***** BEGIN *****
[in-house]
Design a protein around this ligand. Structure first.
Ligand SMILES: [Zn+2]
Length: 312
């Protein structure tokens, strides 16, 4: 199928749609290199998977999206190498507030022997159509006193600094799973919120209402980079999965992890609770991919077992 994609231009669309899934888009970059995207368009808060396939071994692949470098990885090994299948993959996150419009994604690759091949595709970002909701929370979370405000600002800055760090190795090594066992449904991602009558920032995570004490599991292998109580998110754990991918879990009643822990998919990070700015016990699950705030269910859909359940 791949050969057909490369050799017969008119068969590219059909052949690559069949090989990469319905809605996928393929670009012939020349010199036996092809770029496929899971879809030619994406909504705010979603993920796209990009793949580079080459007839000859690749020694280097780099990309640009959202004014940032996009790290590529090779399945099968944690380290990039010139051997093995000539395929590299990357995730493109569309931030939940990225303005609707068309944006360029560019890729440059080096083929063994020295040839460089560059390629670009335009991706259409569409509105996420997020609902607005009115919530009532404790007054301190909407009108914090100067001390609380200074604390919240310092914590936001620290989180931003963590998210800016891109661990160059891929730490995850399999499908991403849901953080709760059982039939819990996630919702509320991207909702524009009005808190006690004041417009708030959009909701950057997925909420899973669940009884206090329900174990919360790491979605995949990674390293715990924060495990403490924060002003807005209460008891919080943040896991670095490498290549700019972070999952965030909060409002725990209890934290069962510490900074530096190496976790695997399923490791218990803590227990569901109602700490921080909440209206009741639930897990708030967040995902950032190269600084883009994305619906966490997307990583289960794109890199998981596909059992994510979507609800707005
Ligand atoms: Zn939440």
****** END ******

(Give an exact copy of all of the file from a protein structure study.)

[in-house]
Design a protein around this ligand. Structure first.
Ligand SMILES: [Zn+2]
Length: 312
């Protein structure tokens, strides 16, 4: 199928749609290199998977999206190498507030022997159509006193600094799973919120209402980079999965992890609770991919077992 994609231009669309899934888009970059995207368009808060396939071994692949470098990885090994299948993959996150419009994604690759091949595709970002909701929370979370405000600002800055760090190795090594066992449904991602009558920032995570004490599991292998109580998110754990991918879990009643822990998919990070700015016990699950705030269910859909359940 791949050969057909490369050799017969008119068969590219059909052949690559069949090989990469319905809605996928393929670009012939020349010199036996092809770029496929899971879809030619994406909504705010979603993920796209990009793949580079080459007839000859690749020694280097780099990309640009959202004014940032996009790290590529090779399945099968944690380290990039010139051997093995000539395929590299990357995730493109569309931030939940990225303005609707068309944006360029560019890729440059080096083929063994020295040839460089560059390629670009335009991706259409569409509105996420997020609902607005009115919530009532404790007054301190909407009108914090100067001390609380200074604390919240310092914590936001620290989180931003963590998210800016891109661990160059891929730490995850399999499908991403849901953080709760059982039939819990996630919702509320991207909702524009009005808190006690004041417009708030959009909701950057997925909420899973669940009884206090329900174990919360790491979605995949990674390293715990924060495990403490924060002003807005209460008891919080943040896991670095490498290549700019972070999952965030909060409002725990209890934290069962510490900074530096190496976790695997399923490791218990803590227990569901109602700490921080909440209206009741639930897990708030967040995902950032190269600084883009994305619906966490997307990583289960794109890199998981596909059992994510979507609800707005
Ligand atoms: Zn939440």